"Currently ninety three thousand people in this country on a waiting list for a donated kidney while but this is the shocking part at least thirty five hundred donated kidneys are thrown away every year the lack of organs for kidney failure patience is a major public health problem more than thirty seven million Americans have chronic kidney disease five thousand die every year because of it and they're on that kidney waiting list that's outrageous so they're just throwing away the kidneys it could go to some of those people who are facing death yeah it's about twelve people a day if you do the math while so the reason for it is and and by the way the number of kiddies at their throwing away is actually going up so this is a trend that's you know going the the problem is they don't feel the kidneys are of good enough quality to make them reach the threshold for being eligible to be kidneys that they were transplant law I like going to your produce sile no it's right I mean they need to find a organs that would be right sure show they are discarding these kidneys and they say that so there is intense regulatory scrutiny of the transplant programs in those states you know where we are is there should be yeah and they say that because there's so much on the line and in the way of credentials that can be lost if there are for example is graft failure or the the projected outcomes don't happen that's why they hold these kidneys to such a high standard when it comes to transplant so if this organ isn't in the best shape the transplant centers just from you know what why take the chance let's get rid of it I mean that's really being played out over a lot of different of the transplant centers it's too bad they can't use it for research or you know they're in the medical industry they don't don't like to waste safe to use whatever is is left over right yeah it seems odd but there's also behind it all you know I we save it doesn't make sense it's about money it costs more to transplant and older organ also ma'am there are some additional costs people for example are hospitalized longer after transplant of an older organ right it takes a patient longer to recover in other words and so insurance companies are averse to it and you begin to see the hospital's rivers to it as well anyway Sir it's it's a startling fact with so many people on that list you could be getting rid of so many kidneys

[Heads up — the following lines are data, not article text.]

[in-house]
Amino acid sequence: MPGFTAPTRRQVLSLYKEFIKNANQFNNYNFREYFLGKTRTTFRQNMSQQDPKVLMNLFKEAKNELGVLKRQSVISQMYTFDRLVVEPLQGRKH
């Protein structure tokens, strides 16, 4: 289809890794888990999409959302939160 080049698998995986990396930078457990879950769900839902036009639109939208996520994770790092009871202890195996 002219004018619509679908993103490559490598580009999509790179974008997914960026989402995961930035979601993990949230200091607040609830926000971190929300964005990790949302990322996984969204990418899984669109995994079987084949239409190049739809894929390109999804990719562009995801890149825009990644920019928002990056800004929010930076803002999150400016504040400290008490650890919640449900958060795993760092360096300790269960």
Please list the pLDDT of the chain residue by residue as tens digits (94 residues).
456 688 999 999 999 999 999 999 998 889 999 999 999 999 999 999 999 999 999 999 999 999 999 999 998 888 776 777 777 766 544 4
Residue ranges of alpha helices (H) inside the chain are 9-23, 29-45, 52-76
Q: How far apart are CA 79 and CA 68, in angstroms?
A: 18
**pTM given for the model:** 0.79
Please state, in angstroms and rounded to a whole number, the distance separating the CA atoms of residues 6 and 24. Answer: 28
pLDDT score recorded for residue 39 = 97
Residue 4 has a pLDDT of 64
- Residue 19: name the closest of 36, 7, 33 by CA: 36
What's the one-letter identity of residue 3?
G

The 2019 Met Gala Theme: Camp
"The met gala this year's theme camp notes on fashioned not camp lakes. Moore's on an open fire camp lake Mariam Webster's second. Mention a style or vote of personal or creative expression that is absurdly exaggerated and often fuses elements of high and popular culture the party this year hosted by Anna tour, my guess is that we're going to see a very large amount of feathers Allesandro Michelle of Gucci. And to pop stars who always hit the right notes on the red carpet. Harry Siles at lady Gaga tickets to the event cost cool thirty five thousand dollars a piece and tables can cost up to three hundred thousand dollars. Even after all that Anna Wintour still has total control over the guest list last year's carpet heaven on earth riana as the pope, Katy Perry sporting angel wings to met gala famous for its show stopping fashion share to Jackie O two beyond saying this year's gala guest list includes Connie west and Kim Kardashian, which means Kim you will be in the same room as Taylor swift for the first time in a while. But don't expect to see too many posts about it on social media. The official rules at the galaxy cellphone usage. Is strictly forbidden after the carpet stars have to ditch their phones. There's also an age limit. No one is allowed if they're under eighteen don't expect to see anyone from stranger things on the carpet and celebs are encouraged to leave bay at home. This winter wants everyone to mingle, and if you do score and invite you better be their word on the street is if you say no won't get the chance to say, yes. Ever